|Systematic (IUPAC) name|
|Pregnancy cat.||B3 (AU) C (US)|
|Legal status||Prescription Only (S4) (AU) POM (UK) ℞-only (US)|
|Routes||Oral (Capsules: 10, 18, 25, 40, and 60 mg; in some countries 80 and 100 mg are also available)|
|Bioavailability||63 to 94%|
|Metabolism||Hepatic, via CYP2D6|
|Excretion||Renal (>80%) and fecal (<17%)|
|Mol. mass||255.36 g/mol
291.81 g/mol (hydrochloride)
| (what is this?)
Atomoxetine is a drug approved for the treatment of attention-deficit hyperactivity disorder (ADHD). It is a selective norepinephrine reuptake inhibitor (NRI), not to be confused with selective serotonin and norepinephrine reuptake inhibitors (SNRIs) or selective serotonin reuptake inhibitors (SSRIs), both of which are currently the most prescribed form of antidepressants. This compound is manufactured, marketed and sold in the United States under the brand name Strattera by Eli Lilly and Company as a hydrochloride salt (atomoxetine HCl), the original patent filing company, and current U.S. patent owner. Generics of atomoxetine are sold in all other countries; they are manufactured by Torrent Pharmaceuticals using the label Tomoxetin, Ranbaxy Laboratories (through its Division: Solus) using the label Attentin, Sun Pharmaceuticals (through its Division: Milmet Pharmaceuticals), and Intas Biopharmaceuticals. There is currently no generic manufactured directly in the United States since it is under patent until 2017. On August 12, 2010, Lilly lost a lawsuit that challenged Lilly's patent on Strattera, increasing the likelihood of an earlier entry of a generic into the US market. On September 1, 2010, Sun Pharmaceuticals announced it would begin manufacturing a generic in the United States. In a July 29, 2011 conference call, however, Sun Pharmaceutical's Chairman stated "Lilly won that litigation on appeal so I think [generic Strattera]’s deferred."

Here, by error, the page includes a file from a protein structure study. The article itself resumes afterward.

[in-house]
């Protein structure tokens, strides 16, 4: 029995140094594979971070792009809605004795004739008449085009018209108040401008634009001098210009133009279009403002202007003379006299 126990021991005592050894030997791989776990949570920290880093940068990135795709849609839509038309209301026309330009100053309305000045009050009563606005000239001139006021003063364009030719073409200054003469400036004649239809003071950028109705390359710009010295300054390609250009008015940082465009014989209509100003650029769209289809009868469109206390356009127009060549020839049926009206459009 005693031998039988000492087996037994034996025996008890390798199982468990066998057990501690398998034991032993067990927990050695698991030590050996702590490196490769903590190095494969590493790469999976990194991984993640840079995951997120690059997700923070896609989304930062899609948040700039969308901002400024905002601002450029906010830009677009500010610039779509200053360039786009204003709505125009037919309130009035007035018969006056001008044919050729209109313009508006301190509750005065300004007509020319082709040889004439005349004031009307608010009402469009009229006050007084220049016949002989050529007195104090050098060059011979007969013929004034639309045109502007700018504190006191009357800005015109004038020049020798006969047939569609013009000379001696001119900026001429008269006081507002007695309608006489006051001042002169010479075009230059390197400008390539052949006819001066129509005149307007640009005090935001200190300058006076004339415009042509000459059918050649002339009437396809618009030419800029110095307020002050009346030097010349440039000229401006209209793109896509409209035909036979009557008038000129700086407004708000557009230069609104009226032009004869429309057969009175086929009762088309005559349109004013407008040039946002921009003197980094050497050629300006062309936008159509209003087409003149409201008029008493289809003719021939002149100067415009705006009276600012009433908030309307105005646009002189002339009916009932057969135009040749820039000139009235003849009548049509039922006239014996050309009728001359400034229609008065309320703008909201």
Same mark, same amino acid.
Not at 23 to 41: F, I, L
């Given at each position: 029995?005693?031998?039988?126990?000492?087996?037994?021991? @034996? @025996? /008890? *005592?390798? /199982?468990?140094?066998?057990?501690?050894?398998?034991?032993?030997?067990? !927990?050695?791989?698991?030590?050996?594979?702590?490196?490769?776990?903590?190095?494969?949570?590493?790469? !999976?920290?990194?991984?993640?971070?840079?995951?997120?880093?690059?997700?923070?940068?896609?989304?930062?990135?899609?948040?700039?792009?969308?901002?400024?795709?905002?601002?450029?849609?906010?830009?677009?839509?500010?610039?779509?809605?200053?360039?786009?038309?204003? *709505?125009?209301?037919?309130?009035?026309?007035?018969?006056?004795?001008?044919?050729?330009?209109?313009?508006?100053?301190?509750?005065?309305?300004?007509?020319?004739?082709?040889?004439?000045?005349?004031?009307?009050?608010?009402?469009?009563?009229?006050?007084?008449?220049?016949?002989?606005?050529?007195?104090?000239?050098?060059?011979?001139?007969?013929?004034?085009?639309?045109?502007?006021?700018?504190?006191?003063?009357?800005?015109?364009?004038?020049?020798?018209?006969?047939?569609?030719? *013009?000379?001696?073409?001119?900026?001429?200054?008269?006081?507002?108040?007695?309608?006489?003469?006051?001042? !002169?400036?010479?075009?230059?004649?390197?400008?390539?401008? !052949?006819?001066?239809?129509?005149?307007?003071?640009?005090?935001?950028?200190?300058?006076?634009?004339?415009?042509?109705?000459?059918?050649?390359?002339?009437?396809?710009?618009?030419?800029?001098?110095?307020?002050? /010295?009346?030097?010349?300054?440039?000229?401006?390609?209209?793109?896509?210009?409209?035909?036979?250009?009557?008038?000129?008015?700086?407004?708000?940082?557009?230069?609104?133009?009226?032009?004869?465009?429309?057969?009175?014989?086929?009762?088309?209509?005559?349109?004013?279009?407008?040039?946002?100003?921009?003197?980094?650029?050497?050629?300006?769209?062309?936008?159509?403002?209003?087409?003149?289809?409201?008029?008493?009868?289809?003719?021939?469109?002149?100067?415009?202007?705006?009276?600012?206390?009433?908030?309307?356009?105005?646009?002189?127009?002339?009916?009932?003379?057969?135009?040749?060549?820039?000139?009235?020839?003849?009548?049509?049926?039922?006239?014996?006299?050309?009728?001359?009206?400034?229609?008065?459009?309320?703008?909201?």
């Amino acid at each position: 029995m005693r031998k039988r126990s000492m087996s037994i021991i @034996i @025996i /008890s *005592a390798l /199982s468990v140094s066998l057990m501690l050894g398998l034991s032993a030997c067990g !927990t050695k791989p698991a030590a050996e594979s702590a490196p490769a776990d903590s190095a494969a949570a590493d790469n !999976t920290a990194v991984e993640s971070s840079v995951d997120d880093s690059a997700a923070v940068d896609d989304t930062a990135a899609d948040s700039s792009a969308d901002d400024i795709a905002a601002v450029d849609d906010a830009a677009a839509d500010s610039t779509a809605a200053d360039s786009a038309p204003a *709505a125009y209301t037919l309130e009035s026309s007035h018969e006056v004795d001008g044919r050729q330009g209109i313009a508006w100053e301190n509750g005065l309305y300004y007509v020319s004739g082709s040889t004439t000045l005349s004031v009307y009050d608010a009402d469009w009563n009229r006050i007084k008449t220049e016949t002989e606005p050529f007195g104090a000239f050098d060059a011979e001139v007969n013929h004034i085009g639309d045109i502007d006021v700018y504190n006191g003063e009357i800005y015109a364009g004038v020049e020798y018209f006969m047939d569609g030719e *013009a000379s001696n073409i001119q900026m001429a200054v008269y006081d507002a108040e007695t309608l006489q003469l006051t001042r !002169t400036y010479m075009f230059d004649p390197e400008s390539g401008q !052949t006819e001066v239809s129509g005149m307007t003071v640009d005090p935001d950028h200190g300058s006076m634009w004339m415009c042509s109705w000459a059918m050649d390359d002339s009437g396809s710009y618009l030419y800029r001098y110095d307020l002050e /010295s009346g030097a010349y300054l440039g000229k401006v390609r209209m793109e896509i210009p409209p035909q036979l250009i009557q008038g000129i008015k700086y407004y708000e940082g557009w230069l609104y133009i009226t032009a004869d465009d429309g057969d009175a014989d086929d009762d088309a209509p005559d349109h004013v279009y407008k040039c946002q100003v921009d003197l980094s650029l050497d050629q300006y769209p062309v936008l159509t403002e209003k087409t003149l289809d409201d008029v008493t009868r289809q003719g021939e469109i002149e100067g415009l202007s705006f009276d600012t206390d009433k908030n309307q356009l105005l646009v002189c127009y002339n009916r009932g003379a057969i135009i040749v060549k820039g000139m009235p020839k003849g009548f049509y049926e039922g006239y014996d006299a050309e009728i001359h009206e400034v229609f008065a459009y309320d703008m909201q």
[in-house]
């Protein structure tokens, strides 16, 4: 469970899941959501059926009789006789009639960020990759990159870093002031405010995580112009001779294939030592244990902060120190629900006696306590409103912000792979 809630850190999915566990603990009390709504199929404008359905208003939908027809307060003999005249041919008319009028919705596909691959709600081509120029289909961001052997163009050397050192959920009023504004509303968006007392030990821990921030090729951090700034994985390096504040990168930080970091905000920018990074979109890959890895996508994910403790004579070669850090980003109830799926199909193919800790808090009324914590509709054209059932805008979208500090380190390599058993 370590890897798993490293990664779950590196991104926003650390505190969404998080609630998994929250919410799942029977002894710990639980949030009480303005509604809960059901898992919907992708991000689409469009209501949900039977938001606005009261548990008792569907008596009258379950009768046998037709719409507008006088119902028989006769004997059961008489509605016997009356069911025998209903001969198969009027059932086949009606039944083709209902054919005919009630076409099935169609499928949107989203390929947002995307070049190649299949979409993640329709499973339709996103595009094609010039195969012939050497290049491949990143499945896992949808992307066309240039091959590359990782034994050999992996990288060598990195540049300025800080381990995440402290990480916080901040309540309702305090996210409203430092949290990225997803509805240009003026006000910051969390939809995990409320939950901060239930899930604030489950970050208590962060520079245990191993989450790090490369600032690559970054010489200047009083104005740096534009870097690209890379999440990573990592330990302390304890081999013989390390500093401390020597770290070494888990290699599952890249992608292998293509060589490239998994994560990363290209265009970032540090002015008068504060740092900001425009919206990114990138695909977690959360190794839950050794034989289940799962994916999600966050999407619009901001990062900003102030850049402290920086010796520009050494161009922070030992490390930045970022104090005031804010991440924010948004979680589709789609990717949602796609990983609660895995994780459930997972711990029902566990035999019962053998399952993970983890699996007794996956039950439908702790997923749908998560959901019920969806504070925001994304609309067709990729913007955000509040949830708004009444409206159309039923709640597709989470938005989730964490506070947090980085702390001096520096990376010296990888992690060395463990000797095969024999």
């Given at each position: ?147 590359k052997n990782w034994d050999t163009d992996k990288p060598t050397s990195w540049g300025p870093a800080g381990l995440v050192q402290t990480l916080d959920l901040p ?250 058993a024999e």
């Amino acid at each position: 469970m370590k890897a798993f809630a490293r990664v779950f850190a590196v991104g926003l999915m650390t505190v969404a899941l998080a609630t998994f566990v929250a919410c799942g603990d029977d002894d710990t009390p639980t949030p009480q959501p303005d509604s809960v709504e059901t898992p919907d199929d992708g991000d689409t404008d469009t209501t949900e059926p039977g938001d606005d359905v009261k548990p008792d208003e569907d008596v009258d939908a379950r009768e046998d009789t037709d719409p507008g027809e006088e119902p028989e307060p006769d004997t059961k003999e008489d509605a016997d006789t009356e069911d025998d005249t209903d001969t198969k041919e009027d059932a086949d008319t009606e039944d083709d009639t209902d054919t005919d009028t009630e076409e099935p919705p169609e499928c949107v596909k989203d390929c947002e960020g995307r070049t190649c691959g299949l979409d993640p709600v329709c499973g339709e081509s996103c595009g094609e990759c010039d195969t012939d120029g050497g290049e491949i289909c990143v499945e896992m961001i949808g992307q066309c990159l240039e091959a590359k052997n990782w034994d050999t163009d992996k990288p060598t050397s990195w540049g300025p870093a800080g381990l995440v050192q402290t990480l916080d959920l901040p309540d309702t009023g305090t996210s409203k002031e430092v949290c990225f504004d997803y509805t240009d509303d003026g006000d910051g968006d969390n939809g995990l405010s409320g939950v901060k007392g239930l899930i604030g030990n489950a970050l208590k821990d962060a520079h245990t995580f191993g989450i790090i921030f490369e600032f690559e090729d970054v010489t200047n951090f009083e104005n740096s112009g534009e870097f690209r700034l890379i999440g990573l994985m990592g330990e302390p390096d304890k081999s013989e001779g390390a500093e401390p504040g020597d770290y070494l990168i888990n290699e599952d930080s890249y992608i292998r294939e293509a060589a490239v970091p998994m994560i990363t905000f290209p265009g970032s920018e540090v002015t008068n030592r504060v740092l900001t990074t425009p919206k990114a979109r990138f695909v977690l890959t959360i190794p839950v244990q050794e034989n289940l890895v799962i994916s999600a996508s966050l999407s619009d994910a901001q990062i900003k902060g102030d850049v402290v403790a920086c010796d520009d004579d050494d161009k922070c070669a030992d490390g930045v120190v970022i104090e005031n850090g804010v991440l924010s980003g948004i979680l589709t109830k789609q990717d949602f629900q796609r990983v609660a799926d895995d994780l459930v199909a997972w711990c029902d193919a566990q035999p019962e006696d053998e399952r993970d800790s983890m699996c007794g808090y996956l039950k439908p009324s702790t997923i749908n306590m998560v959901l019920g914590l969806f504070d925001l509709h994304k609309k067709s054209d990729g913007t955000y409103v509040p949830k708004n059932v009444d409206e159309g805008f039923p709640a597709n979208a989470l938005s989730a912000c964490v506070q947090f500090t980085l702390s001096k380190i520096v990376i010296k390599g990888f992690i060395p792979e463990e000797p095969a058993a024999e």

Classified as a norepinephrine (noradrenaline) reuptake inhibitor, atomoxetine is approved for use in children, adolescents, and adults. However, its efficacy has not been studied in children under six years old. Its advantage over stimulants for the treatment of ADHD is that it has less abuse potential than stimulants, is not scheduled as a controlled substance, and has shown in clinical trials to offer 24-hour coverage of symptoms associated with ADHD in adults and children.
Initial therapeutic effects of atomoxetine may take at least a week to be felt. Atomoxetine should be taken for 6–8 weeks before deciding whether it is effective or not. Many people respond to atomoxetine who don't respond to stimulants (for ADHD). Atomoxetine may be preferred over amphetamine-based stimulants in patients with psychiatric disorders, those who cannot tolerate stimulants, and those with a substance misuse recurring history. Stimulant drugs are not recommended for ADHD patients who suffer from nervous disorders like facial tics, spasms, etc. In such cases Atomoxetine is the better choice. Therapy is usually initiated by gradually increasing the dose to minimize typically minor side effects. As well, some individuals are sensitive to lower doses. If the individual is on stimulants, a gradual titration down of the stimulant dose may be prescribed to minimize side effects.
Strattera was originally intended to be a new antidepressant drug; however, in clinical trials, no such benefits could be proven. Since norepinephrine is believed to play a role in ADHD, Strattera was tested – and subsequently approved – as an ADHD treatment.
Atomoxetine was originally known as "tomoxetine". However, the U.S. Food and Drug Administration (FDA) requested the name be changed because, in their opinion, the similarity of "tomoxetine" to "tamoxifen" (a breast cancer drug) could lead to dispensing errors at pharmacies.